One of the top search terms on Google during the price increase last December was “Can I buy Bitcoin with a credit card”. The top location for this search was Nigeria. Bitcoin’s price has fallen sharply since that date, and those credit card bills eventually have to be paid.
Mr. Hosp gives the worst-case scenario associated with this credit risk a probability of 20 to 25 percent with a decline in the crypto market value of 5 to 10 percent.
It is uncommon for concerns to be raised that a single cryptocurrency is being classified as a risk to the entire digital currency family.
However, according to Mr Hosp, the Tether threat is so serious that it can be considered risky enough to be heralded as one of the potential pins that could one day burst the Bitcoin bubble.
Tether is controversial because its price is “pegged” to the dollar. Tether transactions take place at a rate that is fixed in the US dollar. The founder believes this will allow the currency to avoid government interference and regulatory oversight.
Jacob Frenkel from JP Morgan: Bitcoin should be regulated
But when it comes to market cap (the total value of each token in circulation), a given cryptocurrency might have a market cap of $ 100,000,000, but in reality there is only $ 500,000 of real money – dollars, pounds and euros – in that 100,000. 000 USD flowed and most of this value was amassed by daily price increases.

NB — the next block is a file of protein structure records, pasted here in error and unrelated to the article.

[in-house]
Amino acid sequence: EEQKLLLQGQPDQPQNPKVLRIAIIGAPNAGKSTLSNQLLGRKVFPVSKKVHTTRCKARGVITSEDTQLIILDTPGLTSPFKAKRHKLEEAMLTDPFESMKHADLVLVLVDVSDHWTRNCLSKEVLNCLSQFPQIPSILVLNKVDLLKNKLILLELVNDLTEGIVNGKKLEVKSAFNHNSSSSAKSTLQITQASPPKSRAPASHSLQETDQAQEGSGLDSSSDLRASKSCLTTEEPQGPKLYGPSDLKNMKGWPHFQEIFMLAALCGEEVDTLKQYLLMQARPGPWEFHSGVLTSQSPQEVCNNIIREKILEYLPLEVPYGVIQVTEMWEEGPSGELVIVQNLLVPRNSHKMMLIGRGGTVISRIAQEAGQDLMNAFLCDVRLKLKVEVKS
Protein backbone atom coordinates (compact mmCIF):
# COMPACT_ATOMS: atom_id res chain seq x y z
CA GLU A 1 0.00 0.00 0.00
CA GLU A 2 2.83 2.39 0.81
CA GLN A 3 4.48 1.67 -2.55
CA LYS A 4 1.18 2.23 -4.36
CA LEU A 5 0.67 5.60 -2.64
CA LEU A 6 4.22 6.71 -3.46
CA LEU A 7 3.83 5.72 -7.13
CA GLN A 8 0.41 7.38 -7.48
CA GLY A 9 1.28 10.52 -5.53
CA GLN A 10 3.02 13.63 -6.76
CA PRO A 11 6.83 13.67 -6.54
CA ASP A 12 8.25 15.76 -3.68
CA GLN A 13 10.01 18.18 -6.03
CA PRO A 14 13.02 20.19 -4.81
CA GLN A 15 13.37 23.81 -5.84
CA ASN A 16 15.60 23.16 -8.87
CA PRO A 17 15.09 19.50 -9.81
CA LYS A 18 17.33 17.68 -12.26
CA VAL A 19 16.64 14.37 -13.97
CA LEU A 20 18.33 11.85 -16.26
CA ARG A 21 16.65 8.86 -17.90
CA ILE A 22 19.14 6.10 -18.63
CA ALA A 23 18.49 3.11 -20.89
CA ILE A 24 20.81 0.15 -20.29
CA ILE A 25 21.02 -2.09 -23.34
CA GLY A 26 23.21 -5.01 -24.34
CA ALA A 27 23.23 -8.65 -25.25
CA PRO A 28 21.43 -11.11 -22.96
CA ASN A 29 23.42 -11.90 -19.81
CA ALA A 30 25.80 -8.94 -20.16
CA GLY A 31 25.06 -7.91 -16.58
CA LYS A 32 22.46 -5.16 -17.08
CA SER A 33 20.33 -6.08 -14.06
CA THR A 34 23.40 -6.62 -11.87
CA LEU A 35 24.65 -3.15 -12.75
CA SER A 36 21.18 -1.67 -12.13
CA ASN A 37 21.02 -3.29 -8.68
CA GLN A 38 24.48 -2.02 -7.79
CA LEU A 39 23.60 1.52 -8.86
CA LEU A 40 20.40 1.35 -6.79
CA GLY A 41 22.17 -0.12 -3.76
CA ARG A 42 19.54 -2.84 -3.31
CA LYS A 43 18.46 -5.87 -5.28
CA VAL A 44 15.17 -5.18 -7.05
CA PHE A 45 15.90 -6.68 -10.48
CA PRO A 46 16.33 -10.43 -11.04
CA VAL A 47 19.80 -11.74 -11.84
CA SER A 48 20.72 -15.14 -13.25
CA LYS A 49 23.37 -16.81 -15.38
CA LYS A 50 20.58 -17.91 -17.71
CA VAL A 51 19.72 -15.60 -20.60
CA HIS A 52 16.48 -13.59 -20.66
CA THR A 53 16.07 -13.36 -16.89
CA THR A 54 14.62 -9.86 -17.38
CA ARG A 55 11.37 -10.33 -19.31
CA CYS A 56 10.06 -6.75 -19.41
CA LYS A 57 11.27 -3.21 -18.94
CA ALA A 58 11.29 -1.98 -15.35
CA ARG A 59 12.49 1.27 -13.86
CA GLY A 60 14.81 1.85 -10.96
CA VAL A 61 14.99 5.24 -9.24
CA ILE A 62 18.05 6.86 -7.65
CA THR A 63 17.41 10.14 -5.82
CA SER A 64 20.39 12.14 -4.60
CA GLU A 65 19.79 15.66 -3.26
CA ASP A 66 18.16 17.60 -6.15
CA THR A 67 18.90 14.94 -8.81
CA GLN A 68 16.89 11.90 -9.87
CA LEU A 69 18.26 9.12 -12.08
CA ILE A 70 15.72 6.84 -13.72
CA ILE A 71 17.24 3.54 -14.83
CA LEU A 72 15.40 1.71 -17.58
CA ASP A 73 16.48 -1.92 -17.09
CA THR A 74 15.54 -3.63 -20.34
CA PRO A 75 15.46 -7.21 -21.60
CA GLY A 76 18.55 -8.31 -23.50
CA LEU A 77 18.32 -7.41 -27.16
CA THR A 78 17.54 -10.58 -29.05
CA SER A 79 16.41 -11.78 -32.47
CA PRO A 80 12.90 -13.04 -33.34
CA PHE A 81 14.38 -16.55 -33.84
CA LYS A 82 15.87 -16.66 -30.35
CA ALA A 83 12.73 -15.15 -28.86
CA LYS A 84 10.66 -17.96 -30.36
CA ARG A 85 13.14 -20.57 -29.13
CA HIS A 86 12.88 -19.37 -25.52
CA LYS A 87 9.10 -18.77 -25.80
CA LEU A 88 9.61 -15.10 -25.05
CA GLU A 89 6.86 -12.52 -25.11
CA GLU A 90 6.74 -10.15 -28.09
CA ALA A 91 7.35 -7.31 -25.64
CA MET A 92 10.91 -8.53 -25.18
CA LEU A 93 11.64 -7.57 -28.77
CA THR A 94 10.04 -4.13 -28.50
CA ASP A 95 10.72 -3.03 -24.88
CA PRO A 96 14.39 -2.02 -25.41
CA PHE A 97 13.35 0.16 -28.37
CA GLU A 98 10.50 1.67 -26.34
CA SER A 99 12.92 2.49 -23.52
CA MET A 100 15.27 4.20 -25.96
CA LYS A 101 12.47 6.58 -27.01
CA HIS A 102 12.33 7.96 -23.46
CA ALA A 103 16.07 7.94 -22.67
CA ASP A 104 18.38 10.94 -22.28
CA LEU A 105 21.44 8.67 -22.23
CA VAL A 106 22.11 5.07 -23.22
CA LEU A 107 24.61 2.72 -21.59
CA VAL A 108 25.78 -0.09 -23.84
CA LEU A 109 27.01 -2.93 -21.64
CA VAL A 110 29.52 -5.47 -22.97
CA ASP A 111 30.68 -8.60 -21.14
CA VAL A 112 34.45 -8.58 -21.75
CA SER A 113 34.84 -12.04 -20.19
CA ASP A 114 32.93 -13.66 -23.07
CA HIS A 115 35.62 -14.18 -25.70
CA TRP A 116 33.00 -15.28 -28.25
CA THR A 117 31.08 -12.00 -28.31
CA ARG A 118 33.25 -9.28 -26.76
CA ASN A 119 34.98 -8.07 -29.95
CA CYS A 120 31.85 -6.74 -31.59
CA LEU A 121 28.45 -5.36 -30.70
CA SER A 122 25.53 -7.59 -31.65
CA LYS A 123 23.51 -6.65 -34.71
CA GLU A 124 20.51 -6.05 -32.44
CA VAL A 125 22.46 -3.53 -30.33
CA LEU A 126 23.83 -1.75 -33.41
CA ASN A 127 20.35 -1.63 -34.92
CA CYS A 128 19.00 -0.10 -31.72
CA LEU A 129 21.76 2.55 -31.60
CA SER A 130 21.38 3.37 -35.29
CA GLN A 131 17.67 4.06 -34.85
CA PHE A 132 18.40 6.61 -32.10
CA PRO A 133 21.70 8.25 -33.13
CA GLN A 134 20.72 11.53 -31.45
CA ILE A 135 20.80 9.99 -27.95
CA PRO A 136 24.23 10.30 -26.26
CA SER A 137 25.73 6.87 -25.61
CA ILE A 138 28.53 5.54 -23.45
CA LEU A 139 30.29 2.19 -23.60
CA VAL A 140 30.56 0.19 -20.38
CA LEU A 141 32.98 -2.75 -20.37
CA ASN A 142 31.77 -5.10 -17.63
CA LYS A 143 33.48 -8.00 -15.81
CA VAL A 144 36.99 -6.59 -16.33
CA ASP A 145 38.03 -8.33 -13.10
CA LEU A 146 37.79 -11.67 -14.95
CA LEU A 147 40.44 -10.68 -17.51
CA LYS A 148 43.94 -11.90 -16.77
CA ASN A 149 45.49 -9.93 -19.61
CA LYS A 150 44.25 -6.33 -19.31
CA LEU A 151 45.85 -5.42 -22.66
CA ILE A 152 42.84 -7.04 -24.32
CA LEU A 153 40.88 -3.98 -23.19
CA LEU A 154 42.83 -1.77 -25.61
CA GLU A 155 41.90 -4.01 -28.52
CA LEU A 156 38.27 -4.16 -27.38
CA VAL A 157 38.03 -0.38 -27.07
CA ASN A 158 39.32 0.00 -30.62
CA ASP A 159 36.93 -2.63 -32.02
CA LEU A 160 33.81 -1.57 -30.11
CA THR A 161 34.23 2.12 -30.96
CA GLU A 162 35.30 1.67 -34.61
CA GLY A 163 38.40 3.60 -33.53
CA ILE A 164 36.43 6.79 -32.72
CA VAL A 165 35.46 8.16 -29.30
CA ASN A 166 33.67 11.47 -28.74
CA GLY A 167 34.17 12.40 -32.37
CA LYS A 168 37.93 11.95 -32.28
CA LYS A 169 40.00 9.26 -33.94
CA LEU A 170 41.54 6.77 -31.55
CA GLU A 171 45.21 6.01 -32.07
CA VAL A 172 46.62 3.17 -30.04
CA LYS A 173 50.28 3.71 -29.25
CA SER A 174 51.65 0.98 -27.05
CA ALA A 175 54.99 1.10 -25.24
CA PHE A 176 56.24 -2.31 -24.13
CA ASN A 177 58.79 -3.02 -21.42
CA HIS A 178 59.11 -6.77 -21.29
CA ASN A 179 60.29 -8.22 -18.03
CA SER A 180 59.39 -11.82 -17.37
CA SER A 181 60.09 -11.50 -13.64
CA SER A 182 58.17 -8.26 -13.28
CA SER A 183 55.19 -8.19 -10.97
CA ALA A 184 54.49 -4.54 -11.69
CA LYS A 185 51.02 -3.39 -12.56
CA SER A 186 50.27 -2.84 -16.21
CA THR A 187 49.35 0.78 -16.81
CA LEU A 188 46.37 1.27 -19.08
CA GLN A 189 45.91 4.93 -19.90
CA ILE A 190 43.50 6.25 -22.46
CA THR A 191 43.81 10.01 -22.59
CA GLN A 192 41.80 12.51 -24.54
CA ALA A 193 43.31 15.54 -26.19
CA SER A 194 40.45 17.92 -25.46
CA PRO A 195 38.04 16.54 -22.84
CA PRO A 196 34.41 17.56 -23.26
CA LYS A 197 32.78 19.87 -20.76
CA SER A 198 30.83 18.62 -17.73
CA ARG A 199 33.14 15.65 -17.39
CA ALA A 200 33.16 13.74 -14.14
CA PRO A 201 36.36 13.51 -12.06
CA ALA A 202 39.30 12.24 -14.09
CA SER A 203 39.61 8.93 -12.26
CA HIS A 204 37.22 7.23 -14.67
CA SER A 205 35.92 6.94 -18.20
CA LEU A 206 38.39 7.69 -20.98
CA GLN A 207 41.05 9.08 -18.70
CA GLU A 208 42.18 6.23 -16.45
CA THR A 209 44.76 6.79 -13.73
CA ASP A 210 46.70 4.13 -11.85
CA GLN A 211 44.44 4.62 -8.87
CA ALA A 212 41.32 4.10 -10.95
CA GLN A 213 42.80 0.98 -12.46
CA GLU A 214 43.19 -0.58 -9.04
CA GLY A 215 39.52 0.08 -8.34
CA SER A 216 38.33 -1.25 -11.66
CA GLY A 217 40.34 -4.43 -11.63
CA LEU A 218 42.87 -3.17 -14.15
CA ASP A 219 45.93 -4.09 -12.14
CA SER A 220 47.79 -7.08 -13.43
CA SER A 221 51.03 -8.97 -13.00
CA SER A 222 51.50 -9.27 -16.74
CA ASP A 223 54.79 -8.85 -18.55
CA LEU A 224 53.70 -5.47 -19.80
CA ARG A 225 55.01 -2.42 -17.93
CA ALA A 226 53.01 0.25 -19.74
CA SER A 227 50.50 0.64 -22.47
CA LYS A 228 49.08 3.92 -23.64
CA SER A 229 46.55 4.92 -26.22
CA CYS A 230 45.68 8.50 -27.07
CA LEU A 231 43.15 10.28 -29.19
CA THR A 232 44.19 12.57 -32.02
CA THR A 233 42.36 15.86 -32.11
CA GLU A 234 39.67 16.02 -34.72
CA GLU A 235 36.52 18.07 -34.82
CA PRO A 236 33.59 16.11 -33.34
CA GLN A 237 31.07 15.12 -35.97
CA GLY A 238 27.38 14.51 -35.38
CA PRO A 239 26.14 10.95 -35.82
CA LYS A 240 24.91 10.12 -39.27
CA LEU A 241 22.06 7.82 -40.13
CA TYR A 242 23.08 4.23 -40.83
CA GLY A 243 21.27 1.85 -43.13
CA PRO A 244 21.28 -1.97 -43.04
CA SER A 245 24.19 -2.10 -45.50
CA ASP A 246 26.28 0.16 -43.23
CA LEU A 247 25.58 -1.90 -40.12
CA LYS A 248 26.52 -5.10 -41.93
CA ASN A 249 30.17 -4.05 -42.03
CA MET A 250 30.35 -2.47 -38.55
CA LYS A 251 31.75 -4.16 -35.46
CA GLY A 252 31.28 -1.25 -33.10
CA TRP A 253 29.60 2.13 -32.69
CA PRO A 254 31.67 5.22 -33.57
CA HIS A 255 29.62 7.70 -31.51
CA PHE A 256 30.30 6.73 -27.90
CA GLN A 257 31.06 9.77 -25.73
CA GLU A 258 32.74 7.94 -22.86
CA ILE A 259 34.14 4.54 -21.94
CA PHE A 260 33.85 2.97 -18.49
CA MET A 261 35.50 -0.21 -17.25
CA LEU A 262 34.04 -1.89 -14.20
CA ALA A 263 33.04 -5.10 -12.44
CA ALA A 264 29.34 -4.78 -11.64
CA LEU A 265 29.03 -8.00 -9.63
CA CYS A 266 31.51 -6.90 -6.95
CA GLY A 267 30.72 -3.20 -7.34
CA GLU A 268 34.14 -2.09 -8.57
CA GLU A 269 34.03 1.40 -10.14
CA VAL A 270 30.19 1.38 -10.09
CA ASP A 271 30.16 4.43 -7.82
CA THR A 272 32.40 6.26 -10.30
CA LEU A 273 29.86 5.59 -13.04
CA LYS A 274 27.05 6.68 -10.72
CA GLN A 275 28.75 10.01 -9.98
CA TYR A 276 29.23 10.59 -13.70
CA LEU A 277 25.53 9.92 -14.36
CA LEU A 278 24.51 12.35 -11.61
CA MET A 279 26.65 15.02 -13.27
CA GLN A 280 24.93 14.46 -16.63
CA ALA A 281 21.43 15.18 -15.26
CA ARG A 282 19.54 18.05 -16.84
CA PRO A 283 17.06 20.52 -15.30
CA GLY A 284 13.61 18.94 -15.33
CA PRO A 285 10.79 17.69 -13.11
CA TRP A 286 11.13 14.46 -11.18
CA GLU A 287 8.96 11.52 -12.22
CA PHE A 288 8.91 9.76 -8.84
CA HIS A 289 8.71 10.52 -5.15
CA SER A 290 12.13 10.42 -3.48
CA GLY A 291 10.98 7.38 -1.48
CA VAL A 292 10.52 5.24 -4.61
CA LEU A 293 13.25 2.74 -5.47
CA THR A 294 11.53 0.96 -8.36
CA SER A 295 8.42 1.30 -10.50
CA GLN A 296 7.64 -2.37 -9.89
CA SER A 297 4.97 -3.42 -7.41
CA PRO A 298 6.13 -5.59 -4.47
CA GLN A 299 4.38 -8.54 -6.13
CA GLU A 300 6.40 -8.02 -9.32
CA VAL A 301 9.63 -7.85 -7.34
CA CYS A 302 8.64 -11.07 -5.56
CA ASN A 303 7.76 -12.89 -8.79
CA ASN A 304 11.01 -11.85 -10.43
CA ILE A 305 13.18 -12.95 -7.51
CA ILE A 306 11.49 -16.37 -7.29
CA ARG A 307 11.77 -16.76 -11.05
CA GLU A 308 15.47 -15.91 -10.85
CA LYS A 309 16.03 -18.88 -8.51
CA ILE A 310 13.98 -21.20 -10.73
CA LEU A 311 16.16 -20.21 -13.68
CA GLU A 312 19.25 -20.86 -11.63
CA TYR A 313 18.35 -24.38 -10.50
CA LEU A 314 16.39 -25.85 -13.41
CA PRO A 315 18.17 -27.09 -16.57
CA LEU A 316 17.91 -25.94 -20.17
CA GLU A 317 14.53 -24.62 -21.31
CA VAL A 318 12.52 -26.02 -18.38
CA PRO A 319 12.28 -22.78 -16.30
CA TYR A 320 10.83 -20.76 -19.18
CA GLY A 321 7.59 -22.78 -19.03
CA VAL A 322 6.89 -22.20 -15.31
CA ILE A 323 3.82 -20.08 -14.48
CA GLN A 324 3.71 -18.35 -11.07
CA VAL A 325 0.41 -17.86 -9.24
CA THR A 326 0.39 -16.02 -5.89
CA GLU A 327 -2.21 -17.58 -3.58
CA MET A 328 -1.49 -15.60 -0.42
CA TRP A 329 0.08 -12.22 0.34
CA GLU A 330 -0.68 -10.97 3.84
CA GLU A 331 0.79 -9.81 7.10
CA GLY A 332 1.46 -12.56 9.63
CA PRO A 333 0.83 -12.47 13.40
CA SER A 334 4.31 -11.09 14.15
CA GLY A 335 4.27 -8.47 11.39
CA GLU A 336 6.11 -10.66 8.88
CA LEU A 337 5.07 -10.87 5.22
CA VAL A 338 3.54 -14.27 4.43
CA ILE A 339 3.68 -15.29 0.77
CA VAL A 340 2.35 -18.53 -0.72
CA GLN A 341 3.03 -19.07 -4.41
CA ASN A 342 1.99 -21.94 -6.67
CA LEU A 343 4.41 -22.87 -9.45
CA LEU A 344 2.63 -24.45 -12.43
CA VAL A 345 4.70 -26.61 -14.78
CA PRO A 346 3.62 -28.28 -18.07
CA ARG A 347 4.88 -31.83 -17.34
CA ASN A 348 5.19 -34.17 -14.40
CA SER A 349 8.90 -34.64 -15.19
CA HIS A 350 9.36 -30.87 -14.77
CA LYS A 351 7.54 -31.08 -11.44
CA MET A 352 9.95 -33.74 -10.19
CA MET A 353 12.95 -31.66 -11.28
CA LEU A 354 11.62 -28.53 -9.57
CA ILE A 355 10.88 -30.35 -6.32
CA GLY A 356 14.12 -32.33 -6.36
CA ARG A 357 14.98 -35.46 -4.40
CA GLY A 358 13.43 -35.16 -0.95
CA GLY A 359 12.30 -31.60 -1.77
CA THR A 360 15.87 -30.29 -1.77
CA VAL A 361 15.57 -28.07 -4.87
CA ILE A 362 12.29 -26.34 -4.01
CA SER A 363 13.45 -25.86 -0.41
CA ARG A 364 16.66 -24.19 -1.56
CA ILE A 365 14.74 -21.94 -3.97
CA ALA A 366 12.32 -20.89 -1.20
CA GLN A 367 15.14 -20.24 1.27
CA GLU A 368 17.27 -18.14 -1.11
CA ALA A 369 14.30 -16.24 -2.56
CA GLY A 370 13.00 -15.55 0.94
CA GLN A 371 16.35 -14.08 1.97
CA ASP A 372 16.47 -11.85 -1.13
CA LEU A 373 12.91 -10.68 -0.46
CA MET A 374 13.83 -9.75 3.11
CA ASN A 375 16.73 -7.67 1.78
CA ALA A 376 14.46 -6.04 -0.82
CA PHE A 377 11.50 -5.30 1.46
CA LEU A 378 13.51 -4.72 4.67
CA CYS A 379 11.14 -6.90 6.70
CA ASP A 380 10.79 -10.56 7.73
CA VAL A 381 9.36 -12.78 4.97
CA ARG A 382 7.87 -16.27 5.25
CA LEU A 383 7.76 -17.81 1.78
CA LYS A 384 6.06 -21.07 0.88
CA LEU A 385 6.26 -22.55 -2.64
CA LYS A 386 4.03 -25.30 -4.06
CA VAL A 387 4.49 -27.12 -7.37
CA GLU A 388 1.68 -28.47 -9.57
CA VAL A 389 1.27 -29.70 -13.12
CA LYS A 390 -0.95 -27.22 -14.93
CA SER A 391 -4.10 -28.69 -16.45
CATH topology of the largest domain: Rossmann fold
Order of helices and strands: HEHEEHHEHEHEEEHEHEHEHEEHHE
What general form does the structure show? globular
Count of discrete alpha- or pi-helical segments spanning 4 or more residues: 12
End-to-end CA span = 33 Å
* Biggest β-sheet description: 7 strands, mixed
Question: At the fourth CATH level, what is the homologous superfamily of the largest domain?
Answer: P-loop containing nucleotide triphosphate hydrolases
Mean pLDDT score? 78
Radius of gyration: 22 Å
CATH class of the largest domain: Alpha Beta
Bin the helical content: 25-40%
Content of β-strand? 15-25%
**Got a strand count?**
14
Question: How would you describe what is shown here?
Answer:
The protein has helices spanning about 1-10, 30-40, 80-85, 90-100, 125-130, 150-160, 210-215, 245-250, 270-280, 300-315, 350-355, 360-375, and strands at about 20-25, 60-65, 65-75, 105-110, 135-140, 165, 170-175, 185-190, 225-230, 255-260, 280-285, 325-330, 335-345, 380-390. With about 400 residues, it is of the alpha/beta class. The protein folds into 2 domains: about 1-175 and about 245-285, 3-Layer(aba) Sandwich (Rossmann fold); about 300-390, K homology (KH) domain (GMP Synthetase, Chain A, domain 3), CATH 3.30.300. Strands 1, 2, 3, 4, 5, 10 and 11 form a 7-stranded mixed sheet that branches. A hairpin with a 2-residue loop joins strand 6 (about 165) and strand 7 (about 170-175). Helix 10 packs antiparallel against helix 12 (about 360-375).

Tether is different because its market cap of $ 1.6 billion means $ 1.6 billion has gone into it.
The purported and wholly hypothetical risk here is that prices would plummet, possibly to zero, if the market were scared that there was actually no $ 1.6 billion support for the token.
Hosp said, “I only estimated that probability at about 10 percent this year, but I think it would cut the market by about 10-15 percent.”
The author says a single trigger would not have much effect, “but many of the possibilities are interrelated”.
He said, “If a domino starts to fall, it could bring down others – and the probabilities start adding up, potentially dropping the market by the same 80 percent as Mt. Gox did in 2014.”